Colored diamonds make up a tiny percentage of world diamond production, according to the Gemological Institute of America (GIA), which certifies every stone to come to auction. It lists Australia’s Argyle mine as the major source of pink and red diamonds, while South Africa’s Cullinan mine yields most of the exotic blues.

“But there’s more than just rarity,” says Mr. Struyf: “Cut, carat, provenance and signature all dictate prices. Take the Rajah, the white Golconda diamond, which came with a staggering provenance, circa 1885, royalty, and from a mine that doesn’t produce any more.” Auctioned by Christie’s in 1997 it went for $2.8 million; in May, it fetched $4.35 million.

Emerging markets are also pushing prices, veteran diamond dealer Serge Fradkoff says by phone from his home in France. “Earlier, main markets were [the] U.S. and Europe. In the last decade, Russian, Indian and Middle Eastern players aiming for top lots [have been] stoking [the] market to current highs. China’s superrich want the best—even a GIA-certified 99% quality isn’t good enough for them.”

His own treasure includes a necklace of table-cut diamonds dating from the 17th-century Mughal dynasty, which is currently displayed at the Moscow Kremlin Museum. The prices of Kashmir sapphires and Burmese rubies have shot up even higher than diamonds, as the mines in these regions have stopped producing. What’s on the market today dates from about 100 years ago. The finest sapphire today would be worth one and half times the price of the finest diamond, says Mr. Fradkoff. However, “it will not appreciate that much more, as prices have already hit the ceiling.” For investment, he says, “I would stick to diamonds: 5- to 10-carat of top quality for medium- to long-term.”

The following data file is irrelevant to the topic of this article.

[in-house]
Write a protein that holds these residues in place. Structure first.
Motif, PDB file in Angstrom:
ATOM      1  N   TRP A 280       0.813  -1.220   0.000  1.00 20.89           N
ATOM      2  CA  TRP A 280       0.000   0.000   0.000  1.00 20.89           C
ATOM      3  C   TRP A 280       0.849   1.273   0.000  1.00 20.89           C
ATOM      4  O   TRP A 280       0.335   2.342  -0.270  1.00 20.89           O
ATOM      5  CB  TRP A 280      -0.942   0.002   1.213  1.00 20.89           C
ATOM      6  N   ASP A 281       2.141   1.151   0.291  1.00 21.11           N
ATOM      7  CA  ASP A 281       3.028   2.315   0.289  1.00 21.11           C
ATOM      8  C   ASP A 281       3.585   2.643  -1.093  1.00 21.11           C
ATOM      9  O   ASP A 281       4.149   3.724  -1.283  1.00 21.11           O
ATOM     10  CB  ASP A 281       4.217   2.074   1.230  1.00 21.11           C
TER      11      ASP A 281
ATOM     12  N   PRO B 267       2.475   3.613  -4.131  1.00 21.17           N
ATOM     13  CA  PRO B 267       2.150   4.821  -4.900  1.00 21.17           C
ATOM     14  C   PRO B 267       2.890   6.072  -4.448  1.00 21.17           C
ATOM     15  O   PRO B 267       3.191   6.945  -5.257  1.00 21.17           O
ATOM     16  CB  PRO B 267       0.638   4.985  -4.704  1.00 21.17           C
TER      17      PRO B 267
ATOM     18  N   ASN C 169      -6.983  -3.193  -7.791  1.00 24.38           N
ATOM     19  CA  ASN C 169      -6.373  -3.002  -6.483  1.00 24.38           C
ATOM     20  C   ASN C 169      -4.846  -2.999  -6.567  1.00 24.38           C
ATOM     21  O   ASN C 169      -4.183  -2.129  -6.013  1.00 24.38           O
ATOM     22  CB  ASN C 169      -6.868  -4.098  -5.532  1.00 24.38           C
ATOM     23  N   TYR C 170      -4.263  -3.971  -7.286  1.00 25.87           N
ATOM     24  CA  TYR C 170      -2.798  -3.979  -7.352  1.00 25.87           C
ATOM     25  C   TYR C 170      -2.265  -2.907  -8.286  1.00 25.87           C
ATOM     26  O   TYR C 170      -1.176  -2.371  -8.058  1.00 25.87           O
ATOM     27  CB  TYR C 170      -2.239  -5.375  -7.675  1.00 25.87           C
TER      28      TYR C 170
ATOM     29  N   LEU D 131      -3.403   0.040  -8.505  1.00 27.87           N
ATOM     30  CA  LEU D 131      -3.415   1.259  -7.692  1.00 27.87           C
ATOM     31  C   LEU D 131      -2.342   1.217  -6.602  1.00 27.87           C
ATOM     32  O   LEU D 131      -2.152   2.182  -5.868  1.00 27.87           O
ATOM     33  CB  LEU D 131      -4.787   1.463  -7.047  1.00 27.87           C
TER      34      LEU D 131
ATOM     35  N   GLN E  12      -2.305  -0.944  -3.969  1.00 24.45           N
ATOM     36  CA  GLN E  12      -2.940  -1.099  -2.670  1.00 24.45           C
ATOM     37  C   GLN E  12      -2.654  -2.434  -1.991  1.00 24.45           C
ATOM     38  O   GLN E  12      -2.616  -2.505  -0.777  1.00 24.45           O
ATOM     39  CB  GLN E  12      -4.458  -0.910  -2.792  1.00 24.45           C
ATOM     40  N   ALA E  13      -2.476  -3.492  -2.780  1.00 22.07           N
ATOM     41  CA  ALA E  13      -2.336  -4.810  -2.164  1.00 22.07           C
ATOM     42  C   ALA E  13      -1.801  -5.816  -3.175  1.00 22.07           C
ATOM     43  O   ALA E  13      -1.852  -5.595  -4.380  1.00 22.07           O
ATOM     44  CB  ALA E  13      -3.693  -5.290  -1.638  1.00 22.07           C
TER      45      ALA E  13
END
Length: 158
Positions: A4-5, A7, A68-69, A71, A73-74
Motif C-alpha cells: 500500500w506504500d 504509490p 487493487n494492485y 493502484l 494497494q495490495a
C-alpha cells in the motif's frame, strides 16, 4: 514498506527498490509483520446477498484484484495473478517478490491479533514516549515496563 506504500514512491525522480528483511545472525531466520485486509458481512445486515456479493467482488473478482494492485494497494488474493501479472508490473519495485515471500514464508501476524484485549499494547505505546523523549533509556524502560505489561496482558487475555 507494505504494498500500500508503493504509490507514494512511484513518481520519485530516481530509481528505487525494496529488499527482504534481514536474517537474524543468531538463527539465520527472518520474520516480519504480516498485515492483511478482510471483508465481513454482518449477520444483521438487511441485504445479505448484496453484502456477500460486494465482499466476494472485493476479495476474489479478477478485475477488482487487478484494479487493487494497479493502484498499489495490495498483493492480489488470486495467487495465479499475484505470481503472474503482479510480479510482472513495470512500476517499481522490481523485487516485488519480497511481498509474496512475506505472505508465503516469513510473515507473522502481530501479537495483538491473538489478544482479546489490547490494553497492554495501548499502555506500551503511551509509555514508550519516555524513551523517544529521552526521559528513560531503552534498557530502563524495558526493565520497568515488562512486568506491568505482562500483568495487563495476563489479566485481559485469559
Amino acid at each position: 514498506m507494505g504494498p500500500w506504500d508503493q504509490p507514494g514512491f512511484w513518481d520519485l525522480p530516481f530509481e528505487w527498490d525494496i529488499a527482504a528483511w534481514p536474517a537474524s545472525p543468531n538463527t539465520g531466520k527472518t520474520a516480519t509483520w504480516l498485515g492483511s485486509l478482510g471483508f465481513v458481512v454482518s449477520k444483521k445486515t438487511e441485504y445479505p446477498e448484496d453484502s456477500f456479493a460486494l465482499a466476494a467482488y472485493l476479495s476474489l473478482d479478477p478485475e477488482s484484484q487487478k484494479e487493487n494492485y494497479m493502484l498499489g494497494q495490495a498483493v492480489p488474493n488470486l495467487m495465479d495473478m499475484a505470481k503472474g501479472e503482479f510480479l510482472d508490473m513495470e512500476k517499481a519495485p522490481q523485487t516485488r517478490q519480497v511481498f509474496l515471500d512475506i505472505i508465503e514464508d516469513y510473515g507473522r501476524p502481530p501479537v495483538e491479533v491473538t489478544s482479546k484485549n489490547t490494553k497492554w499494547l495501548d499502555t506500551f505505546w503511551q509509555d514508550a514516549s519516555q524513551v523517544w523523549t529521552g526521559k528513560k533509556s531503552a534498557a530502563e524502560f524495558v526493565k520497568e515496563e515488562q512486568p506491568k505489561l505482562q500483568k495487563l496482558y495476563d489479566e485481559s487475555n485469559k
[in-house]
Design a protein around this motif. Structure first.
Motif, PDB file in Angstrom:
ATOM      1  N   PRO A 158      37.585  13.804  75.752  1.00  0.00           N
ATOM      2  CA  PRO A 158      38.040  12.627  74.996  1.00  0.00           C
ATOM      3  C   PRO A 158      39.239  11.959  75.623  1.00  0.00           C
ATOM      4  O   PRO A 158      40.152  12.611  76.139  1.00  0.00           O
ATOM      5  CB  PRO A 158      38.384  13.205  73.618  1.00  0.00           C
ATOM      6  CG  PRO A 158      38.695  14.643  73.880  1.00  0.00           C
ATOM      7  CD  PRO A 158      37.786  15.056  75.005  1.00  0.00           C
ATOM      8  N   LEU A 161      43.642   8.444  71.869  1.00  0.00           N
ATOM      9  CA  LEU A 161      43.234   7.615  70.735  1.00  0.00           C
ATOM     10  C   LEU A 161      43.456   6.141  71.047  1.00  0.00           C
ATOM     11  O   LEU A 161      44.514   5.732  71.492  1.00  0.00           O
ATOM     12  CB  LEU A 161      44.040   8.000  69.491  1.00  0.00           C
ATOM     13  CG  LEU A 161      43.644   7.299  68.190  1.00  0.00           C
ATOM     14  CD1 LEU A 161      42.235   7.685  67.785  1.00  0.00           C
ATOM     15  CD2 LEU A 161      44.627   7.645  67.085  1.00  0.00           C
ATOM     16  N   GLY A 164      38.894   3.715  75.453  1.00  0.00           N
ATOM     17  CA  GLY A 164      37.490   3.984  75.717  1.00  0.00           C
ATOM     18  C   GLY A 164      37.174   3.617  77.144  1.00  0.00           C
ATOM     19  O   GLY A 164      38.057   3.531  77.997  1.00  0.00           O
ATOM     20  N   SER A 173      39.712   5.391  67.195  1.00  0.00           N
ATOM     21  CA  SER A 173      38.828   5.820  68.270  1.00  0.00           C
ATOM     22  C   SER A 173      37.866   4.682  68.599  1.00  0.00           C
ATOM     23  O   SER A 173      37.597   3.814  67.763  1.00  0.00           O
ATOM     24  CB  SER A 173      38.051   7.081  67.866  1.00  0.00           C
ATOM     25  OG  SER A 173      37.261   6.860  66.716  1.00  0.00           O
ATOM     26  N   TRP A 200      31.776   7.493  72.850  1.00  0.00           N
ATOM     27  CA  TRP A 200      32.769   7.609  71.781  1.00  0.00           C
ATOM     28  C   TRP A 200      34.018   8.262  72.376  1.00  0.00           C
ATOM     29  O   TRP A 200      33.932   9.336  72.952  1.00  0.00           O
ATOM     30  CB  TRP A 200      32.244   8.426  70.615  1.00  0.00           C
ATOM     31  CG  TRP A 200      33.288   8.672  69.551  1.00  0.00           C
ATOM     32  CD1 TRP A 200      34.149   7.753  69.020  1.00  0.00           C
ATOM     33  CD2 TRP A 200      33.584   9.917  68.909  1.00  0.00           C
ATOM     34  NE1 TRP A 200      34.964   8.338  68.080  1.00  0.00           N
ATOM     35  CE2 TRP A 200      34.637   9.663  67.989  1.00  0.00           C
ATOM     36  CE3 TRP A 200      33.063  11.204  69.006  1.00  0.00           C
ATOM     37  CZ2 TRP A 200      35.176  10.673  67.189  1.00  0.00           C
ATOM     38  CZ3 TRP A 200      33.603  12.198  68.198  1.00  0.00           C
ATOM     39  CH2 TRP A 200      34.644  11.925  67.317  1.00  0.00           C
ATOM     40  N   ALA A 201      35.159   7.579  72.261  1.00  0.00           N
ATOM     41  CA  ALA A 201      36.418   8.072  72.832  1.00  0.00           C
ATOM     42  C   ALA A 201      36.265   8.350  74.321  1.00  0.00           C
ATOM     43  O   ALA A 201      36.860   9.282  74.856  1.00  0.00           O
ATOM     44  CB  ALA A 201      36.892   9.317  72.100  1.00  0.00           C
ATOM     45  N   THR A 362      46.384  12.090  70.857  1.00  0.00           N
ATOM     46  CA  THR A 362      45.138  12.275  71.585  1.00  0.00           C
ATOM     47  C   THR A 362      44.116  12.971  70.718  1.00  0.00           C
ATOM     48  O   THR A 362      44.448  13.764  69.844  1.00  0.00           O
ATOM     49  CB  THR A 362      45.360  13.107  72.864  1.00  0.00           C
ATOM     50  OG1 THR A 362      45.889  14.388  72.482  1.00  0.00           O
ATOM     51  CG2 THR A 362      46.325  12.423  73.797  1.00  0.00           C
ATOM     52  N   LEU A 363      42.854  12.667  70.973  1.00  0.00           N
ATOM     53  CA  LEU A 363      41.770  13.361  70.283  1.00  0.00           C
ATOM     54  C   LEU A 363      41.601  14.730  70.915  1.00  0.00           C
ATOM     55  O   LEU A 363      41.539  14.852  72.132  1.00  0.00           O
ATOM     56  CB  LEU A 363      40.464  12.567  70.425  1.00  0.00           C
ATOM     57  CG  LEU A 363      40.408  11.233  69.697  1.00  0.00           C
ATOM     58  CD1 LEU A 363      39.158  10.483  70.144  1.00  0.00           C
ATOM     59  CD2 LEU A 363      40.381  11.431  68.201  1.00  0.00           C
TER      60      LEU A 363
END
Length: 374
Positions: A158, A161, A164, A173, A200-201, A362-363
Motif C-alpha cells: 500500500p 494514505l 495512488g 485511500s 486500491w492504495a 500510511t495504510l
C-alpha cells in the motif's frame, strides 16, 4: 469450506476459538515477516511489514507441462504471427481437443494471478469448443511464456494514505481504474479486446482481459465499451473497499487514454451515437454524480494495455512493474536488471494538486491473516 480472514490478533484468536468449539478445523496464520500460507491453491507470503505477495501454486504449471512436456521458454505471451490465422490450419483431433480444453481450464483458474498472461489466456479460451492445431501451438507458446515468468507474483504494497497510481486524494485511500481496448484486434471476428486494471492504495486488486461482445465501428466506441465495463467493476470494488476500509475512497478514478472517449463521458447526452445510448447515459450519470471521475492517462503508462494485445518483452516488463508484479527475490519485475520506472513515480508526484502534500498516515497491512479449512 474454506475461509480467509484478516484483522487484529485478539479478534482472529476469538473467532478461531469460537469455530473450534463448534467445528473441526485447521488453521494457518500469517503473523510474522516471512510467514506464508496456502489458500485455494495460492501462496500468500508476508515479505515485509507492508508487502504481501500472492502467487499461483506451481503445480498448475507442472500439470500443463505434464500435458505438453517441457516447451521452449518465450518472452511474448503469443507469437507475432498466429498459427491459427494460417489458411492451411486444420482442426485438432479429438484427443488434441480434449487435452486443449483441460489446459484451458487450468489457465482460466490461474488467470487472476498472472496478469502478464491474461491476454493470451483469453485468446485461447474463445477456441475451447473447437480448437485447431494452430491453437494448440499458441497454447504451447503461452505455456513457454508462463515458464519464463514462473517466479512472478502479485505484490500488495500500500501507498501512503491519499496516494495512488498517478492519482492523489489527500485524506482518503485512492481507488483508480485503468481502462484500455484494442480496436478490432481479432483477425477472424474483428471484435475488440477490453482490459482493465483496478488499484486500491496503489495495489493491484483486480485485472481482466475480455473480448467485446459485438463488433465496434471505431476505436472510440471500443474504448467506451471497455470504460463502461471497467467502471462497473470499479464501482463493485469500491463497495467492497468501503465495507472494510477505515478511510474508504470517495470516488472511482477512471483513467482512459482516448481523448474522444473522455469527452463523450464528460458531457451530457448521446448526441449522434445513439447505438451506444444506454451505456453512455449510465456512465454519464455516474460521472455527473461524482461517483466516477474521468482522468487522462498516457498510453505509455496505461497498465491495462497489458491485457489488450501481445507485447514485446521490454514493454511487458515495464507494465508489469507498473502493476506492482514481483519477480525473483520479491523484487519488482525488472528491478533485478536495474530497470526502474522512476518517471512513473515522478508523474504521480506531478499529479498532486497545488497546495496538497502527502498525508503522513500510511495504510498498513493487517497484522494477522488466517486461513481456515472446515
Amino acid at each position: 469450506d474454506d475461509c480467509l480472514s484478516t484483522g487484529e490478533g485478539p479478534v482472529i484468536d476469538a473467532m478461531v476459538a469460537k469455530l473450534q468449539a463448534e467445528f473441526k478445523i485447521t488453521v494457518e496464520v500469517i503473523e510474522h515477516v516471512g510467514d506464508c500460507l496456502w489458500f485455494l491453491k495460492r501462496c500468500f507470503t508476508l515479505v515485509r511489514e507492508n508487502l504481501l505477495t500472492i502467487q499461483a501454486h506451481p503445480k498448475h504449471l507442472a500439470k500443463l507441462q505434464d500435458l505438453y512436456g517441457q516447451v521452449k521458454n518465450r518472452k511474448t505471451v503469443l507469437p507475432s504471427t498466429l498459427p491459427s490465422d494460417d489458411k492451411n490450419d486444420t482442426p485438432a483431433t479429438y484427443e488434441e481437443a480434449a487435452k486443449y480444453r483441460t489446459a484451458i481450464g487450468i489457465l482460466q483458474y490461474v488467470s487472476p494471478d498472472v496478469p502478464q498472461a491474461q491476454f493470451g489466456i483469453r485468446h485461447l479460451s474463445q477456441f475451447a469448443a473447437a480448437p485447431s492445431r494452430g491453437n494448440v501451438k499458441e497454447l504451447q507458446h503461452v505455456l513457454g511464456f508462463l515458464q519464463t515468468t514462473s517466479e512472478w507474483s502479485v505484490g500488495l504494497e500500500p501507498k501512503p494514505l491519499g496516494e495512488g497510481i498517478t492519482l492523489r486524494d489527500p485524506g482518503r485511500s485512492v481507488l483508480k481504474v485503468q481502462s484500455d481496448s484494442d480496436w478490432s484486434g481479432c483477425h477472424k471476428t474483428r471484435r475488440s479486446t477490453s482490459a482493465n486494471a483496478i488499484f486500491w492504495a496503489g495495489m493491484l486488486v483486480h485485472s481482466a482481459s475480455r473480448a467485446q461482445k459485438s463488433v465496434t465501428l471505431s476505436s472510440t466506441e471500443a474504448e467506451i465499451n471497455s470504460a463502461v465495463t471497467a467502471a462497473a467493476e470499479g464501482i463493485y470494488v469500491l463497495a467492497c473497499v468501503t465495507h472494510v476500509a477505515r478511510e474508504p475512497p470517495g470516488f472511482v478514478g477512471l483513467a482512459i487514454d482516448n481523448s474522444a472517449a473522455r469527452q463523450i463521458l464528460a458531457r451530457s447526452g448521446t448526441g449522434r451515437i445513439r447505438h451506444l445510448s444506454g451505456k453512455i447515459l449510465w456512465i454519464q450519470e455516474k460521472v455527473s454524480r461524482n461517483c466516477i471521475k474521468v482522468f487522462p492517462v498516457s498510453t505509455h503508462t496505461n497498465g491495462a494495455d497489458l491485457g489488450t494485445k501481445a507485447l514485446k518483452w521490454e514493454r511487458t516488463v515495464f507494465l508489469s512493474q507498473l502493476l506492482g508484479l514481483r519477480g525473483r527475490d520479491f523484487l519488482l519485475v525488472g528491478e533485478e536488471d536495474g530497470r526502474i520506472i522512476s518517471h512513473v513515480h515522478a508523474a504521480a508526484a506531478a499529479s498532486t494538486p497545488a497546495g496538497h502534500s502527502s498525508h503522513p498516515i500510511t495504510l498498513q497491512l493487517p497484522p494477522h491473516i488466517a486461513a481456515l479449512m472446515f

Not everyone is so sure of diamonds as investments, however. According to Greg Davies, head of behavioral finance at Barclays, the treasure trend kicked off with the 2008 financial crisis. “People became fearful of anything abstract like stocks and shares; they swung instead into tangible investments like classic cars, fine arts and jewelry, often for emotional reasons, convincing themselves it’s sound,” he says. “There is very little fundamental basis why the prices of diamonds are going up so rapidly, except that lots of people are buying them.”

Jeweler Pascal Mouawad has no such doubts. His family owns one of the finest collections of diamonds in private hands, including a 69.42-carat diamond given to Elizabeth Taylor by Richard Burton. “We have a passion for rare diamonds,” Mr. Mouawad said by email from New York, “and they are an ideal investment vehicle, easy to move around and sell globally.”

For buyers who share that passion, auction houses—despite a 25% premium on the price—remain a sound place to source rare pieces. And, as Mr. Mouawad said: “It is thrilling to bid and win at an auction.”

Whether diamonds, or colored diamonds, are forever, only time will tell, but they are certainly of the moment.